Патент USA US2123746код для вставки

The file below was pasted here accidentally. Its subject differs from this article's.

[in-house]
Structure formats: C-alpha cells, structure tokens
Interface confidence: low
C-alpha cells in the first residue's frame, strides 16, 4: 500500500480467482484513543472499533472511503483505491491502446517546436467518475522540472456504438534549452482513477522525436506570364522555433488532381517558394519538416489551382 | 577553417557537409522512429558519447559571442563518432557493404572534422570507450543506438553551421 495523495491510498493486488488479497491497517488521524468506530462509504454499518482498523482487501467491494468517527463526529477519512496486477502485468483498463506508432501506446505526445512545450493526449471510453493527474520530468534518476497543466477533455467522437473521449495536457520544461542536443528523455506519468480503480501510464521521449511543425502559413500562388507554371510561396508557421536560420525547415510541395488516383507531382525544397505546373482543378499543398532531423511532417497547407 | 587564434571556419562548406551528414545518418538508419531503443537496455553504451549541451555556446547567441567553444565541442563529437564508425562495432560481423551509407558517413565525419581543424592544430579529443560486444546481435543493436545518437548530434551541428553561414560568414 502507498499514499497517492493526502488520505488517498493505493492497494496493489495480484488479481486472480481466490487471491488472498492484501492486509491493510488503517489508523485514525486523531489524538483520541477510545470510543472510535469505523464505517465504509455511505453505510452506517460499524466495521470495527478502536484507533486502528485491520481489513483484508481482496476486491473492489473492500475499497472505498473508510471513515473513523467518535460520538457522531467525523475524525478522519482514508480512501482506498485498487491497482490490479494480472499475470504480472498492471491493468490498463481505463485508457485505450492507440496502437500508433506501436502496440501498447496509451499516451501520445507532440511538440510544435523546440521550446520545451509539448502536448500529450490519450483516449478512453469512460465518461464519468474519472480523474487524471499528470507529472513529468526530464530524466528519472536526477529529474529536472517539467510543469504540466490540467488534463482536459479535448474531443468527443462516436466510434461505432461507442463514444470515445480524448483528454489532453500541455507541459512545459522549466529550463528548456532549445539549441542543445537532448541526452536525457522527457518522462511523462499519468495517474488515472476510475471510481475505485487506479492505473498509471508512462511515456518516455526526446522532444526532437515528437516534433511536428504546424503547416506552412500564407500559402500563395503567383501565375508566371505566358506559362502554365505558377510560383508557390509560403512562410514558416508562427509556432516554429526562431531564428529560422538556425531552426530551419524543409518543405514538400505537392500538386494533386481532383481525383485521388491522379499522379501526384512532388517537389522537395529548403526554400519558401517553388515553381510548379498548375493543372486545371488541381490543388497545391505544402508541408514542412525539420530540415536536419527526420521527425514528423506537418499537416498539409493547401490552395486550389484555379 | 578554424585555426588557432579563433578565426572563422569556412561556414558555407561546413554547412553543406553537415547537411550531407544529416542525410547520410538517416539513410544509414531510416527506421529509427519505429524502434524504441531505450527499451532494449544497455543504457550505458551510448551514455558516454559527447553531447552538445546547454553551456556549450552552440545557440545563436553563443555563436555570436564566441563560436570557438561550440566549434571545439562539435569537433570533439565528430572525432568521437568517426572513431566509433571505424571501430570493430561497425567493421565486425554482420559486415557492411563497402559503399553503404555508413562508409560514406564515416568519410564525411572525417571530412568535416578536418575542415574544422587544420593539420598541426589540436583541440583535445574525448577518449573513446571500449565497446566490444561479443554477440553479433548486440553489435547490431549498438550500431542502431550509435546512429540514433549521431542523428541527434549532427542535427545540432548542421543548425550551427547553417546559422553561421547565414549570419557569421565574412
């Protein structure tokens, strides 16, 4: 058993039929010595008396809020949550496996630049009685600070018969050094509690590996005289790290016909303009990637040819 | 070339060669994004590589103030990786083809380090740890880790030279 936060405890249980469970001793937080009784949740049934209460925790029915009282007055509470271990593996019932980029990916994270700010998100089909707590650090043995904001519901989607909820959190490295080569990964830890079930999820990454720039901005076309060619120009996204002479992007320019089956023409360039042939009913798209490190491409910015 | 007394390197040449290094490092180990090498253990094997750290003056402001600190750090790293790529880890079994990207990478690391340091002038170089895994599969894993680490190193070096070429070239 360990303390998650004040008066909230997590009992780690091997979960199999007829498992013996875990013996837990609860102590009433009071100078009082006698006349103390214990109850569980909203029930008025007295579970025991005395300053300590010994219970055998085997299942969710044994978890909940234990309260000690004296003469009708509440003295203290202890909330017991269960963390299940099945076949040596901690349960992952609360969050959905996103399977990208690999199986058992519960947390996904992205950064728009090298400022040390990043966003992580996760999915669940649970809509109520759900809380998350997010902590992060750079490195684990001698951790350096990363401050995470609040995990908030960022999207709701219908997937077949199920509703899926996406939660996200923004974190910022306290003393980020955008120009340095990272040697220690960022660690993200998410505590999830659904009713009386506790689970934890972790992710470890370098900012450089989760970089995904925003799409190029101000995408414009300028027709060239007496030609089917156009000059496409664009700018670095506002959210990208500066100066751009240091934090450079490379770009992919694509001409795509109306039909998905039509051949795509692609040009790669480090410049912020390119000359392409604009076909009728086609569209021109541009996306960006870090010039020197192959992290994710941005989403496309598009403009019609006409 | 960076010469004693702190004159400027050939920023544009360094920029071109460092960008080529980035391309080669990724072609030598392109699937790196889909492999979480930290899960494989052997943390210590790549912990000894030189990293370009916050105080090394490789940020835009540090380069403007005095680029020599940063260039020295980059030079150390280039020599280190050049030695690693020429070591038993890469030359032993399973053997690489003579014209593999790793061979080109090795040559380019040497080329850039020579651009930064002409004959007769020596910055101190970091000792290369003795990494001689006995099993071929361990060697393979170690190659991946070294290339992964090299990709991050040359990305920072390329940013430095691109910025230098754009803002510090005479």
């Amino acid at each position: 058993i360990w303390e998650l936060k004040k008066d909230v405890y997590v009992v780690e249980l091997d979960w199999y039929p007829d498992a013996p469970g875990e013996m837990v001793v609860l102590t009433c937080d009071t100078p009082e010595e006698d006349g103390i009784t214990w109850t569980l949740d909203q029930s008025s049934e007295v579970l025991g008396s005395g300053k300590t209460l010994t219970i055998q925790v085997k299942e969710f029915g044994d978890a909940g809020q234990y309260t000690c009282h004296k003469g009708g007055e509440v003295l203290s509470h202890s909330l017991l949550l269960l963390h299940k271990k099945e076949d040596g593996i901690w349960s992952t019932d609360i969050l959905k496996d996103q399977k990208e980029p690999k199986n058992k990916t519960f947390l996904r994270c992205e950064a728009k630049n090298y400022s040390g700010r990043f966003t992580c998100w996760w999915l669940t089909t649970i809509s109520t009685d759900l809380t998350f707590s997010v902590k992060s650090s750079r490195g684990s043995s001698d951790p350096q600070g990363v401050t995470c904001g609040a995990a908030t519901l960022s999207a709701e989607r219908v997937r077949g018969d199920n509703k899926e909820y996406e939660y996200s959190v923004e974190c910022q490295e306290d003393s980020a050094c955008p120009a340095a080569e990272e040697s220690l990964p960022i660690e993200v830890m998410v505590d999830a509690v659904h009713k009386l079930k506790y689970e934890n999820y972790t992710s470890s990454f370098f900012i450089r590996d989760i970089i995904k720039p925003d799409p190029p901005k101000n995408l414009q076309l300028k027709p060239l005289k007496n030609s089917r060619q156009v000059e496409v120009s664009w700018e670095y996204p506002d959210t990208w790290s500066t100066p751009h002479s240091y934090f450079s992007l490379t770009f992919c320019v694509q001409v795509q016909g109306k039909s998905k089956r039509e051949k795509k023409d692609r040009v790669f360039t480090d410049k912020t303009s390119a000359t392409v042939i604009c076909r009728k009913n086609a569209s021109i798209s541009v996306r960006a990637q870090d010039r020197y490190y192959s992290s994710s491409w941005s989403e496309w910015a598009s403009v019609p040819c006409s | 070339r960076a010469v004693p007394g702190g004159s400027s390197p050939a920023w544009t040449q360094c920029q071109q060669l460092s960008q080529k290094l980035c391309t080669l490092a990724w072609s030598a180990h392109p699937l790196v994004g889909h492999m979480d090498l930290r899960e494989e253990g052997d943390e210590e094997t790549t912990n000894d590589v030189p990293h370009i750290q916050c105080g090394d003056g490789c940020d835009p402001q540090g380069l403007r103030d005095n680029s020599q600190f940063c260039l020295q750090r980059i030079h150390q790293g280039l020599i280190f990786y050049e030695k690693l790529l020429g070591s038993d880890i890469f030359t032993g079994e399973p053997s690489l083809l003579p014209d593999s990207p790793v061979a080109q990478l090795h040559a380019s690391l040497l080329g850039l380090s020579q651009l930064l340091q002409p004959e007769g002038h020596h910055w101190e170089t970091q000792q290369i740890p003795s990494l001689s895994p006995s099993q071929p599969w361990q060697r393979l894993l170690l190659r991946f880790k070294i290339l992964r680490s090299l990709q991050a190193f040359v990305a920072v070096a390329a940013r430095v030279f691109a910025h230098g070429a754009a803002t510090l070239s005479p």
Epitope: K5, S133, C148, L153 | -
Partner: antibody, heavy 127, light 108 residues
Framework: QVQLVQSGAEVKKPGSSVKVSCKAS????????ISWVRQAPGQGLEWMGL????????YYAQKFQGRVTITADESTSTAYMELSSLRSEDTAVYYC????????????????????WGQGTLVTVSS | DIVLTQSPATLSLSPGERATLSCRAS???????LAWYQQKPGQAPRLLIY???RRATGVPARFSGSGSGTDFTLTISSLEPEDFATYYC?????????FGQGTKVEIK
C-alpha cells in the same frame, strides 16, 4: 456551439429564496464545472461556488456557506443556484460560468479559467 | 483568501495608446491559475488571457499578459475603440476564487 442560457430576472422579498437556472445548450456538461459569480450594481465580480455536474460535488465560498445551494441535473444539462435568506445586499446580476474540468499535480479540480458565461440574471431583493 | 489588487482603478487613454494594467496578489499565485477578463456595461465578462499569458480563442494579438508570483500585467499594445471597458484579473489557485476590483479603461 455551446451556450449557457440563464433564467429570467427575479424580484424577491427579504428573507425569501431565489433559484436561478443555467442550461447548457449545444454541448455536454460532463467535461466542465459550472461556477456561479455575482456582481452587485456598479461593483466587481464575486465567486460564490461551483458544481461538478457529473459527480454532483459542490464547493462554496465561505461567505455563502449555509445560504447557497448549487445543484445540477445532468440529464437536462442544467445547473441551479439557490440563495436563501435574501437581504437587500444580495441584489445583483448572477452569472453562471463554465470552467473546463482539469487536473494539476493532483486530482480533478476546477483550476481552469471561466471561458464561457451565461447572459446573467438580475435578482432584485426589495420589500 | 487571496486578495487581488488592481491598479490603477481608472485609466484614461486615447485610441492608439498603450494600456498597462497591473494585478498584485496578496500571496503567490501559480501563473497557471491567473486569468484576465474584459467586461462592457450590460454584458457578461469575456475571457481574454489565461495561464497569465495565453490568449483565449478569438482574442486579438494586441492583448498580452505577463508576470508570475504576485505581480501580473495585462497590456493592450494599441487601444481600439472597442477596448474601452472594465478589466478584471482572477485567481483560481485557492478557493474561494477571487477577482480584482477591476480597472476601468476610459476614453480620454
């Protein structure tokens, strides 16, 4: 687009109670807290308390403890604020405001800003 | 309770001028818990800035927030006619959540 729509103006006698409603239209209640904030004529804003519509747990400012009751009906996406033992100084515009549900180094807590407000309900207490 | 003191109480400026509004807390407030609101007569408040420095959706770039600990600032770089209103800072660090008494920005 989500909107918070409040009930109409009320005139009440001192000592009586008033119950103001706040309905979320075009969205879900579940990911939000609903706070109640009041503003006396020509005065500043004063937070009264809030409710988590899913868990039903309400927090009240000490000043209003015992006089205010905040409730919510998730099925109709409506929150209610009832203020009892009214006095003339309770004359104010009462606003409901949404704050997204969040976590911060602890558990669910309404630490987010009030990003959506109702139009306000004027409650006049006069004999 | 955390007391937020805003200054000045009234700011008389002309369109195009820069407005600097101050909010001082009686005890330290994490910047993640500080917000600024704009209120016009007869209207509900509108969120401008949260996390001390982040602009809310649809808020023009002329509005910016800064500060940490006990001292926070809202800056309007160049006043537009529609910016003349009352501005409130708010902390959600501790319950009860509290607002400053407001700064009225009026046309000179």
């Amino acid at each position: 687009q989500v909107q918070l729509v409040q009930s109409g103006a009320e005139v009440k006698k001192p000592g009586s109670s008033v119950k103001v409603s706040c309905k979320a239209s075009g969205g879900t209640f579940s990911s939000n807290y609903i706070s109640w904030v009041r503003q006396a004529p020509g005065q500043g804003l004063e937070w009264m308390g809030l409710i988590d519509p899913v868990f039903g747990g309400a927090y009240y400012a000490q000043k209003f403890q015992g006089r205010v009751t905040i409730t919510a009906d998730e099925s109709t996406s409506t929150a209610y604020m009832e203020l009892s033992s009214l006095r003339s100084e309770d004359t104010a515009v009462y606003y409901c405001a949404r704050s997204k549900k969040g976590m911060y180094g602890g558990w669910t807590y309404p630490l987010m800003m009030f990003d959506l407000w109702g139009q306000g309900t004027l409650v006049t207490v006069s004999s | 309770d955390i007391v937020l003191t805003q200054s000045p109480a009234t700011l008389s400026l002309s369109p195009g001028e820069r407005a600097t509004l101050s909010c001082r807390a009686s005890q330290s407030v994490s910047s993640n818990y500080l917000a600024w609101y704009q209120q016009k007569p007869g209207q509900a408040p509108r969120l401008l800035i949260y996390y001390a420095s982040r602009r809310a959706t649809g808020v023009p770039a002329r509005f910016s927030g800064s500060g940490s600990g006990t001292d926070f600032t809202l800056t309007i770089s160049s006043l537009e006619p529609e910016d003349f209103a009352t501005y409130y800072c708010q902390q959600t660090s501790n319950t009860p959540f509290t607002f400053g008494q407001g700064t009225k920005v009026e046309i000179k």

July 12, 1938. H, R051" ` 2,123,746 INSULATED CABLE Filed Aug. 3o, 1`933 Hejge 57057 INVENTOR BY @QM _ ¿b ATTORNEY _ Patented July l2, 1938 2,123,746 UNITED STATES PATENT OFFICE 2,123,746 1N SULATED CABLE Helge Rost, Mexico, D. F., Mexico `Appllcation August 30, 1933, Serial No. 687,439 _ In Sweden July 30, 1932 8 Claims. (Cl. 173-266) My invention relates to improvements in elec intimate contact with its entire surface an in tric conductors and cables, and more especially to sulating sheath comprising a plurality of layers insulating means for high tension conductors having their dielectric constants graduated from and cables. 5 Several types of insulation are at present in commercial use, each having certain features of advantage but each also being attended by greater or less disadvantage in use. Among the best known and most widely used insulating means are 10 paper, both dry and impregnated, and thin oils. Unimpregnated, dry, paper with -air as a di electric absorbs moisture from the air, with cor responding lowering of the insulation value.> Dry paper has a working voltage limit of about 20,000 15 volts only, as above this potential the occluded air is ionized, ozone is formed, and creeping cur rents begin to form across the insulating mate rial, gradually destroying the paper. It is, more over, difiìcult always to obtain pure paper of ‘l0 uniform quality free from acid and impurities. Impregnated paper also varies greatly in qual ity unless the impregnation is perfect, and air pockets are formed inside the cable with the re sulting danger of ionization. 25 Cables insulated with impregnated paper are _ more easily subject to high temperatures and danger of breakdown on account of hot spots. The distribution of the dielectric potential is un even by reason of the combination of different o0 dielectrics of irregular composition, like impreg nated paper, free compound and air. The conduction of heat to the surface of the cable is also irregular, and hot spots are easily formed because of the ionization of air pockets 35 and the corresponding lowering of the insulation resistance the consequent increase of tempera ture easily causes a partial breakdown. Chemical changes of the paper and the oil cause the oil to decompose, forming partially solid compounds 40 with liberation of hydrogen and carbonio acid, `from which water is gradually formed, with com-= plete destruction of the insulation as a result. Thin oils are used as an impregnating com pound, especially for high tension conductors and cables, to ñll up all air pockets and facilitate the heat dispersion. As oil, however, has a consid erably greater coeilicient of expansion than paper and lead, expansion chambers outside the cable must be installed. It is evident that a cable with 50 such outside chambers is both expensive and diiiìcult to install and maintain. The principal object of my invention is to pro vide insulation which obviates the defects of ex isting forms of insulation, and I accomplish this 55 object by placing about each conductor and in the innermost layer to the outermost layer and consisting of electrically insulating homogeneous 5 (isotropic) thermoplastic synthetic chemical re action products, without heterogeneous inclusions. Examples of substances suitable for the purpose of my invention are as follows. Compounds consisting of polymerization prod- 10 ucts of hydrocarbons or derivatives thereof, con taining the vinyl-group (-CH2Cm), for in stance, polymerization products of: Acrylidacid, styrol, vinyl-esters, vinyl-ethers, vinyl-alcohol, etc. l5 Compounds of polymerization products of vege table oils, cyclic ketons, methylene ketons, etc. Compounds consisting of polymerization prod ucts of acetylene derivatives. Compounds of a condensation product obtained 20 from a polymerized compound containing the vinyl-group (-CHzCI-I2) with an aldehyde ex pelling compund; like polyvinyl-alcohol with _a formaldehyde. Compounds of a cellulose derivative like cellu- 25 lose-ester, cellulose-ether, etc., in which one or several hydroxyl groups have been expelled, for instance cellulose-benzyl~ether, cellulose-ethyl ether, etc. ' I preferably apply the successive layers around 30 the conductor by extrusion, as in this manner each layer may be made of suitable hardness and specific inductive capacity (dielectric constant), in order that the conductor may have the desired 'ñexibility and also in order to properly grade the 35 potential within the sheath, so that each com posite layer will have suitable dielectric constant and the sheath as a whole being suited to the volt age for which the conductor or cable is con structed. 4@ The ñrst layer of highest insulating resistance and lowest specific inductive capacity is applied in intimate Contact with the conductor and if the latter be made up of strands, the compound will ñll all the interstices on the outside of the con ductor, leaving no air spaces between the outside surface of the strand and the insulation proper. f Each succeeding layer of thermoplastic com pound of the proper grade is applied preferably 50 by extrusion, the preceding insulating layer, in that case, being kept at a temperature, such that the new thermoplastic layer is bonded to the previous layer, all layers thus forming a solid sheath without voids or gas pockets, but each 55 2 2,123,746 layer being- of different composition from the sheath of composite layers of insulating synthetic others. The layers may be applied in continuous op v organic compound, in intimate contact with the conductor; 3b is a metal foil around cach lnsu- . eration for instance by extrusion, preferably si multaneously, so that the diiïerent layers while lated conductor and in intimate contact with the still soft after leaving the extrusion nozzles are easily fused together. Different machines may of course be used for applying the several layers, the cable conductor continuously passing 10 from one machine to the other, and the tempera compound of the conductors; and 6b is the out ture of each layer being such that fusing easily side steel tape or armor. takes place to the new layer, when extruded. In order to facilitate the conduction of super fluous heat occasioned by temperature rise within advantages are obtained: 15 a cable containing one or several conductors and By means of this invention the following great Air pockets do not exist, and therefore ioniza tion cannot take place, nor can ozone be formed also in order to give to all conductors the same at high tensions. potential with respect to one'another and to the Higher temperatures, which are the concomi tants of greater load, may be present without sheath, each conductor insulated as described above may be provided with one or several con 20 tinuous tapes or foils, preferably of aluminum, and the cable core provided with one or several similar continuous metal tapes in metallic> con tact with those of the individual conductors. The cable core thus prepared is provided with 25 an exterior electrical and mechanical protection, consisting of a tough and ilexible organic syn thetic compound of the same or similar linear coeñicient of expansion as the composition of the compound used in the insulation sheath o! the 30 electric conductors, which compound is applied by extrusion. The advantage obtained is that the outside sheath is not an electric conductor, and cannot be damaged by stray electric currents cir culating in the subsoil, if the power cable be a sub 35 terranean one. A cable constructed in accordance with my in vention will avoid the diiiiculty now experienced with high tension cables, owing to the dangerous stresses of the metallic outside sheath, when ow 40 ing to the presence of heat the interior insulation expands more than the outside sheath permits. These stresses are entirely avoided in cables according to the present invention, as the elec trical insulation compound of the conductors and 45 that of the outside sheath have about the same linear coeñicient of expansion. If the outside sheath of thermoplastic com pound lacks the requisite mechanical strength to withstand abrasion when being drawn into and 50 out of conduits or ducts, said sheath may be pro vided with a steel tape and/or jute jacket. The invention is illustrated in the accompany ing drawing, by way of example merely, in which Figures 1, 2 and 3 are cross sectional views of 55 different forms of conductors or cables having my invention applied thereto. Figure 1 shows a section of a 3-phase cable, in lwhich i is a conductor, 2 is' the insulating sheath made up of a plurality of layers of homogeneous 60 insulation; 4b denotes one or more metal tapes around the cable core, and in contact with the individual metal foils of the conductors; 5b is an outside sheath of organic compound of the same linear coeiiicient of expansion as the insulating insulating synthetic compounds, 3 represents metal tape around each conductor, l is a metal tape or tapes around the several conductors, 5 is an outside sheath of the same linear coeiiicient of expansion as the insulating compound of the 65 conductors, and 6 is the outside steel tape or armor. , Figure 2 is a section of a single phase cable, wherein Iß is a conductor composed of several wires, 2“ is the insulating sheath formed of com 70 posite layers of homogeneous insulating synthetic compound in intimate contact with the whole outside surface of the conductor, and E“ is the outside steel tape or armor. Figure 3 is a section of a 3-phase cable having 75 sector shaped conductors, ib; 2b is the insulating » danger of breakdown, owing to the graded in sulating layers and the compound used. Smaller dimensions of cables as compared to paper insulated cables, are usuable for the same load. Dangerous stresses to the outside sheath are avoided, inasmuch as this sheath has the same ` linear coefñcient of expansion as the compound of the insulation of the conductors. Chemical and electrolytical corrosion of the cable sheath is entirely absent. While I have described my invention in detail it will be understood that considerable modifica tion thereof may be made without departing from the spirit of the invention as defined by the appended claims. ' I claim: l. An electric power cable comprising an elec tric conductor and a composite insulation sheath of graduated dielectric constant surrounding the conductor, said insulation sheath being composed of a plurality of homogeneous layers, each of which consists of an organic, electrically insulat ing, polymerized, solid, chemical compound, free from heterogeneous inclusions, each of said layers possessing- a dielectric constant differing from that of the other layers, the innermost layer be ing intimately united with and clinging closely to the said conductor, and each succeeding layer be ing intimately united with the preceding one, all recesses inside the cable being ñlled out by said layers to avoid gas pockets. 2. An electric power cable comprising an elec tric conductor and a composite insulation sheath of graduated dielectric constant surrounding the conductor, said insulation sheath being composed of a plurality of synthetic homogeneous layers each of which consists of a polymerized chemical ‘ compound of a hydrocarbon derivative compris ing at least one vinyl group, each of said layers possessing a dielectric constant diiîering from that of the other layers, the innermost layer be ing intimately united- with and clinging closely to ce) the said conductor, and each succeeding layer be ing intimately united with the preceding one, ali recesses inside the cable being ñlled out by said layers to avoid gas pockets. 3. The power cable claimed in claim 1, in which said innermost layer has the lowest dielectric constant as compared to the other layers, the dielectric constants of the layers ascending from the center of the cable outwardly. 70 4. The power cable claimed in claim l, in which said chemical compounds are polymerized sub stituted ethylene derivatives. 5. The power cable claimed in claim 1', in which one of said chemical ~compounds is a polymeriza 75 2,123,746 tion product of a, substituted benzene comprising a vinyl group. 6. The cable claimed in claim 1, in which said chemical compound is a polymerîzed substituted aliphatic hydrocarbon product of the paraffin se ries in which a substitute radical comprises a vinyl group. 7. The power cable claimed in claim 1, in which 3 one of said chemical compounds is a polymerized substituted ethylene derivative. 8. The cable claimed in claim 1, in which one of said chemical compounds is a polymerized sub stituted aliphatic hydrocarbon product of the 5 parailin series in which a substitute ra’dical com prises a vinyl group. HELGE ROST.